Moving from Minnesota to Texas (or pretty much any state in the union) to lower one’s tax burden is a private matter.
The same holds true for a business.
In fact, it could be argued that a company moving from Minnesota to Texas to avoid high taxes is not only not unseemly, it’s a good thing.
The extra money the firm retains by not paying confiscatory taxes means more retained earnings to increase pay, enhance worker training, buy more equipment and otherwise put that money to work in the private economy.
Yes, it’s sad and tragic that government won’t get as much money to squander on public art and failed software architecture, but somehow government will survive.
At core, if government is worried about tax flight, government can certainly do something about it.
Quit taxing people at a level that causes them to alter their behavior.
It’s been nothing short of high comedy these days watching liberal states with high taxes whine and complain that people and businesses won’t sit still and take a taxation beating from them.
Oh, yeah. If any taxpayer feels that they’re paying too little, they can always write an extra check to government.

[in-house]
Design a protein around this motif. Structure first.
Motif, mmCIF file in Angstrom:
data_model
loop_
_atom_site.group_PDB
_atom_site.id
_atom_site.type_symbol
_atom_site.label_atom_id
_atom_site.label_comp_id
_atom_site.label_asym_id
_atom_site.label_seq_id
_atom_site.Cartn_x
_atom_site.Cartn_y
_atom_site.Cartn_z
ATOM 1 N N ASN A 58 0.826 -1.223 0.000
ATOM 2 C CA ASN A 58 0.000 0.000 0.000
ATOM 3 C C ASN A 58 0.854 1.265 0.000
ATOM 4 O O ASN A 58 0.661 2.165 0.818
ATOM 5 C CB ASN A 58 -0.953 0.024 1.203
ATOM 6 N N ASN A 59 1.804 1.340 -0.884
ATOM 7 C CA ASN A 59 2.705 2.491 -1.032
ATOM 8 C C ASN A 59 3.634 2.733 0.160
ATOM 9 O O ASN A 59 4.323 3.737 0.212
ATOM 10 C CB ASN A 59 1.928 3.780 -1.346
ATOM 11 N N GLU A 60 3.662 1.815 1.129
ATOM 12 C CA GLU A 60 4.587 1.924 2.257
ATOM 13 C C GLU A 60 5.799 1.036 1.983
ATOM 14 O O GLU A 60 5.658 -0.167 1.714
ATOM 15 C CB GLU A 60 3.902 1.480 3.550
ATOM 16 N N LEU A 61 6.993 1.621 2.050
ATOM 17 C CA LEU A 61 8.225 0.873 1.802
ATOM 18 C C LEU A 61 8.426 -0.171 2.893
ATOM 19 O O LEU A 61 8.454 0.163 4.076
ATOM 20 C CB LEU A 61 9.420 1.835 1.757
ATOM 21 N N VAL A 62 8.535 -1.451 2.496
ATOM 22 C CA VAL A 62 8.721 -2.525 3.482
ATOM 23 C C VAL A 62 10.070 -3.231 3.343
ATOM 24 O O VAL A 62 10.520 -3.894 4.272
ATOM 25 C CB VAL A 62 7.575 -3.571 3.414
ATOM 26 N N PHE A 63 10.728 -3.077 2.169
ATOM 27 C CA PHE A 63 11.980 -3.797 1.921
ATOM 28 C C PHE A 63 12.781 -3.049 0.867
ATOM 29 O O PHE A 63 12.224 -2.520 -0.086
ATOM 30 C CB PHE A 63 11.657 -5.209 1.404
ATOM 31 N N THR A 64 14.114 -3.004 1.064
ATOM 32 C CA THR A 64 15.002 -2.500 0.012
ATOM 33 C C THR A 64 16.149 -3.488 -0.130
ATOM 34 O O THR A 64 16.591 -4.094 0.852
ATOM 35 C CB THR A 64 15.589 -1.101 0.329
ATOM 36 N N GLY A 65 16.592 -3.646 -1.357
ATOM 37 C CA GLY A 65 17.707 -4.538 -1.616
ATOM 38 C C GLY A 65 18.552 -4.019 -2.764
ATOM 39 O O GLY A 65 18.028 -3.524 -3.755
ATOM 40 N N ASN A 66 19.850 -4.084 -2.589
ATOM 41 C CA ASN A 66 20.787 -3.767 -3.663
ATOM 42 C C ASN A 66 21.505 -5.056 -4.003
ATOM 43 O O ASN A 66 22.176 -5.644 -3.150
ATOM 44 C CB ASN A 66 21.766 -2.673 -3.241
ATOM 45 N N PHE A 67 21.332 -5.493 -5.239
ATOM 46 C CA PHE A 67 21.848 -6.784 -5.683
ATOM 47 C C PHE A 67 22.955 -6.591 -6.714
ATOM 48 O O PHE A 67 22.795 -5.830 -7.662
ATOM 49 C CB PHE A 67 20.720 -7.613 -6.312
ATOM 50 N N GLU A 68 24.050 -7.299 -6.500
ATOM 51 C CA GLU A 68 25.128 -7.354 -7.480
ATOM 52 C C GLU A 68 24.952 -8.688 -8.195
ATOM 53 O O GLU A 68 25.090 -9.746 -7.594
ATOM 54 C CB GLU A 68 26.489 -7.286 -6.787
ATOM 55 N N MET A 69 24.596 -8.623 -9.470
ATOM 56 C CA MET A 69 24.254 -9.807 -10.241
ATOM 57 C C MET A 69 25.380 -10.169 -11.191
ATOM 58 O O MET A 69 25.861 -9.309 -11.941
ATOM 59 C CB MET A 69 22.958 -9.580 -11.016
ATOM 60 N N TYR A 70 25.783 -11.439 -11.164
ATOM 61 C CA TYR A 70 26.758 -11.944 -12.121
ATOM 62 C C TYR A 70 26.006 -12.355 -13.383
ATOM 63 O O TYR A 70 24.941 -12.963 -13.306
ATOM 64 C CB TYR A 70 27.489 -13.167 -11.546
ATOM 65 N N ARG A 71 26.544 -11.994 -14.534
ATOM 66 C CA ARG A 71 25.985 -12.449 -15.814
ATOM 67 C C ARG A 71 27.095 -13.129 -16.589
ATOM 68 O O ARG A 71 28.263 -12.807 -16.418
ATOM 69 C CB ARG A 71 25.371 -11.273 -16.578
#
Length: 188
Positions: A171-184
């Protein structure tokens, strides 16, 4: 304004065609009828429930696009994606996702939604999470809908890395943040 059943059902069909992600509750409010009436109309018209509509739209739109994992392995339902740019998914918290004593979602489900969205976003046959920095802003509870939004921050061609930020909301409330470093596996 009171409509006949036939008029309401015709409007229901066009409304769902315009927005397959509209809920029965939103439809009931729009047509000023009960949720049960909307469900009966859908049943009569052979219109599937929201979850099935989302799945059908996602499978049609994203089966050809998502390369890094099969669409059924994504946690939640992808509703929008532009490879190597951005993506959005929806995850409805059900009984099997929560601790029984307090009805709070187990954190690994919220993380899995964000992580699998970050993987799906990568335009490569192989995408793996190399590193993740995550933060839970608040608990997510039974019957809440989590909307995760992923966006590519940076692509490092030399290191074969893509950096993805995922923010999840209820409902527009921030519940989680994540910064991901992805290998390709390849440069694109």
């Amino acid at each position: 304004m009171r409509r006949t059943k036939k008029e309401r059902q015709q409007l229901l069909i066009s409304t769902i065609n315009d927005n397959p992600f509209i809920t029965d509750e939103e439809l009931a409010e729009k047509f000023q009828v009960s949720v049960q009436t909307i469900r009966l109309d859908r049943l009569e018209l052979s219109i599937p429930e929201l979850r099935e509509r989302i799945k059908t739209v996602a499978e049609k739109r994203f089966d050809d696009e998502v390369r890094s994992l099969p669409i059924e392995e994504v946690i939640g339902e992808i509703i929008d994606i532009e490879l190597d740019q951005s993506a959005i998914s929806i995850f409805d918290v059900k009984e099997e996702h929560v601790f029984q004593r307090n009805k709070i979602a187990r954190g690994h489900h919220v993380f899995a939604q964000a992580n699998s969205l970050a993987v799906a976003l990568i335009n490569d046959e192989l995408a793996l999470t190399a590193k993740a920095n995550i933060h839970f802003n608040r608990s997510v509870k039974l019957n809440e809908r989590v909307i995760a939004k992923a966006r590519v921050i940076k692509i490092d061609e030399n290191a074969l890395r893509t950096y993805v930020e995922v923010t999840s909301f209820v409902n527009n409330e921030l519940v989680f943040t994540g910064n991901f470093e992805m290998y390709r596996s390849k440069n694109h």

The problem is that liberals always envision higher taxes being paid by someone else.
Now get out there and avoid those taxes, Watchdogs.
MOST RIDICULOUS ITEM OF THE WEEK
There’s no shortage of candidates for this category while the legislature is in session.
This week “winner” is a taxpayer funded painting that depicts law enforcement as Nazis and Klansmen while showing President Trump molesting a woman.
The painting also portrays the eco-terrorists who disrupted the Dakota Access pipeline at Standing Rock as heroes.
Again, this is a taxpayer-funded project.
In addition to the offensive subject matter, the painting utterly lacks artistic merit.
To say it looks like a third grader painted it would be an insult to third graders.
In fact, it looks like something a bored teenager would scribble on a notepad while sitting in detention.
The painter who swindled the taxpayers out of $10,000 is named Jim Denomie, we think his real name is John Bender.
Of course, the bureaucrats who offered up the money have bleated “free speech” and blathered on about the value of the arts in our culture.
That’s true, but not the point.